What's it like to drive?

Petrol fans are served by a three-cylinder 1.2-litre PureTech, while those needing the extra pulling power of a diesel can choose the four-cylinder 1.5-litre BlueHDi.

2018 Citroen Berlingo MPV XTR pack dashboard

Depending upon the engine, you’ve got the possibility of a five- or six-speed manual, or a relaxed eight-speed automatic, with a novel rotary selector in place of a conventional gearlever.

None are particularly quick, but performance proves adequate in the punchier versions. We'd suggest that the lower-powered diesel is best-avoided unless you prize superior on-paper fuel efficiency over other considerations.

What's it like inside?

In a word: practical.

It goes beyond a simple choice of five- and seven-seater versions, all available with individually folding chairs, because the Berlingo comes in two lengths.

The standard one – or M for medium – is expected to be the better seller, and is just 2cm longer than the previous-generation model, but new is the Berlingo XL, with an additional 35cm of bodywork behind the rear wheels, giving an even larger boot.

Beige 2018 Citroen Berlingo MPV rear three-quarter with a bike in the boot

While the front end of the Berlingo’s underpinnings are based on the EMP2 platform, the rear is an evolution of the Mk2 Berlingo’s arrangement, which goes some way to explain why the rear portion’s styling is similar – but not identical – to before.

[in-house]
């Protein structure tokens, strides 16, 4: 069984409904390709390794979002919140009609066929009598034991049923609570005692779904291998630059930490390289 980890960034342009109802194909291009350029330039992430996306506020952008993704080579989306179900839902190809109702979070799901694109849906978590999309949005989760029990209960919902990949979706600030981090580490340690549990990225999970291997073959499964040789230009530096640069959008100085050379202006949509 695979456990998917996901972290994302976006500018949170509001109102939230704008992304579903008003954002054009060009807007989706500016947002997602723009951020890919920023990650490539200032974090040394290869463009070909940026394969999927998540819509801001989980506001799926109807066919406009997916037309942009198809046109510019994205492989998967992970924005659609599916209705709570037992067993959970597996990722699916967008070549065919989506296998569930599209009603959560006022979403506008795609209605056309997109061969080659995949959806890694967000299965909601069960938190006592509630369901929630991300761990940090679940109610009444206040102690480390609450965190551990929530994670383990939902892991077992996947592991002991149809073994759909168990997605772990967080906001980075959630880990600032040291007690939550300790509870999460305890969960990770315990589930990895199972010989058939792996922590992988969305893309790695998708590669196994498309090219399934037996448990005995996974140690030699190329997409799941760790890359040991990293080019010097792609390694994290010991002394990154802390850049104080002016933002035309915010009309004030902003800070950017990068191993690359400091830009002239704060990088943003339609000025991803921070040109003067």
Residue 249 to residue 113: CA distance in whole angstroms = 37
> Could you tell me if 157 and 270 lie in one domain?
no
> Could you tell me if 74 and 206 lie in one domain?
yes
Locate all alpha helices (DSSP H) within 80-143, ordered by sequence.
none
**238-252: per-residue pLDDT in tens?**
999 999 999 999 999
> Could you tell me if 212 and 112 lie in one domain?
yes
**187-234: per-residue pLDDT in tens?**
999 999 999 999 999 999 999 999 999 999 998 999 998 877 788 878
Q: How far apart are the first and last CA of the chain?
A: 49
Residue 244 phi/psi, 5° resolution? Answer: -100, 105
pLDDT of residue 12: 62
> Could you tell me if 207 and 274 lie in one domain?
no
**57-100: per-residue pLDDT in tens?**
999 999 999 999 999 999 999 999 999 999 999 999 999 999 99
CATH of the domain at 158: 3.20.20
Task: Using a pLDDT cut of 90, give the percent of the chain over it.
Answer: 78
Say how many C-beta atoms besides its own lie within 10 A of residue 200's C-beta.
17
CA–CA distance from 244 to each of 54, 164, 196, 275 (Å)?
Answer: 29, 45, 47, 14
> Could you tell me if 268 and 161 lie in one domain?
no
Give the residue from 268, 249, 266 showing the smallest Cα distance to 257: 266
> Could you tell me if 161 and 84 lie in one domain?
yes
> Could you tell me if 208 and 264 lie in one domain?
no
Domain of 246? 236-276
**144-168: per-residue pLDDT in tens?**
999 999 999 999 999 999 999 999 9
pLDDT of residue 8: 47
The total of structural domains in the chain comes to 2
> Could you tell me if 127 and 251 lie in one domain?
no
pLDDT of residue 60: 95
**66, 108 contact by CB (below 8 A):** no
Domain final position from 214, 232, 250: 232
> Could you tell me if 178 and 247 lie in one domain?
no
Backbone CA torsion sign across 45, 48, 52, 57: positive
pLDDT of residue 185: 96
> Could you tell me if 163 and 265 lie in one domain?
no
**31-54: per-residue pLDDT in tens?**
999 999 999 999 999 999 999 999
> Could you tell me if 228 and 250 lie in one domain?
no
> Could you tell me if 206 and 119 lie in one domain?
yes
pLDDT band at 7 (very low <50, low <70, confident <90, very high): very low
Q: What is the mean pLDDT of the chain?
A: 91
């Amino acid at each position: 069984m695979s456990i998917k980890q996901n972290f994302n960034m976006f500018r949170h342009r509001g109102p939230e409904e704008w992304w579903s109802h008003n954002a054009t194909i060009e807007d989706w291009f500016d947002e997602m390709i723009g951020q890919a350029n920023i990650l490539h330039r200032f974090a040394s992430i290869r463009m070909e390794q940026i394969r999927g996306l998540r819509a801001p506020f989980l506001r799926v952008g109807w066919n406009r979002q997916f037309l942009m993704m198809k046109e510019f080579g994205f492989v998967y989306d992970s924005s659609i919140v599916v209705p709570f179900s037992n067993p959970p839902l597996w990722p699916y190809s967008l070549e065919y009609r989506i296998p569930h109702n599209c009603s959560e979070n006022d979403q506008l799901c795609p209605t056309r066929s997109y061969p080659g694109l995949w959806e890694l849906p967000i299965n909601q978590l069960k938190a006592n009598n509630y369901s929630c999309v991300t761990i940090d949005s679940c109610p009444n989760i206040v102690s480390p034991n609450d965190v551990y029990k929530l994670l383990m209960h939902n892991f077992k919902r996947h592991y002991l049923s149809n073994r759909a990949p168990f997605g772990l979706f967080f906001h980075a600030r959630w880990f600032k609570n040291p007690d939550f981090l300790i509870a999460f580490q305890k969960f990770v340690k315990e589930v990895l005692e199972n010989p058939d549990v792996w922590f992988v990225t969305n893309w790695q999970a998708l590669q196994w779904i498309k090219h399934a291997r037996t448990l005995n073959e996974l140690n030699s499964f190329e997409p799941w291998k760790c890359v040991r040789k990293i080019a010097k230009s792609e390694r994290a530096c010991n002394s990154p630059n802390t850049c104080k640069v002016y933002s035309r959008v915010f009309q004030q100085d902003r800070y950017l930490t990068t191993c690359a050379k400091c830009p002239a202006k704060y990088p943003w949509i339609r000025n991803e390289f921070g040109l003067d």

What it also means are that the wide tailgate with an optional separate pop-out rear screen remain, as do the sliding side doors, which this time around incorporate wind-down windows on higher-spec versions.

Plus there are up to 28 interior cubbies providing a further 186 litres of storage capacity.

What models and trims are available?

Citroen has opted not to bring a basic Touch specification Berlingo to the UK, so the range essentially starts at the mid-range Feel with the plusher Flair topping the line-up from the 2018 launch. 

Additionally, there’s an XTR Pack – which was replaced by the standalone Flair XTR trim during 2019 – offering jacked-up crossover looks, 17-inch alloy wheels and an array of orange accents among other detail changes. This also brings the Berlingo closer in-line with the look Peugeot has given the whole of its Rifter range.

An option Citroen expects many to go for is the glass roof and Modutop storage box that runs centrally along its length. It’s translucent and LED backlit so all sorts of odds and ends can be accessed easily, but without being too obvious to prying eyes. Note that this is only available on five-seat Berlingos and from 2019 was standard-fit on the shorter Flair XTR and unavailable across the rest of the range.

Can you get an electric Berlingo?

Yes. Citroen announced the e-Berlingo at the start of 2021, and it's on sale now.

Read on to find out if the Citroen Berlingo is the MPV that your family needs

Citroën Berlingo MPV rivals

Other Citroën Berlingo models: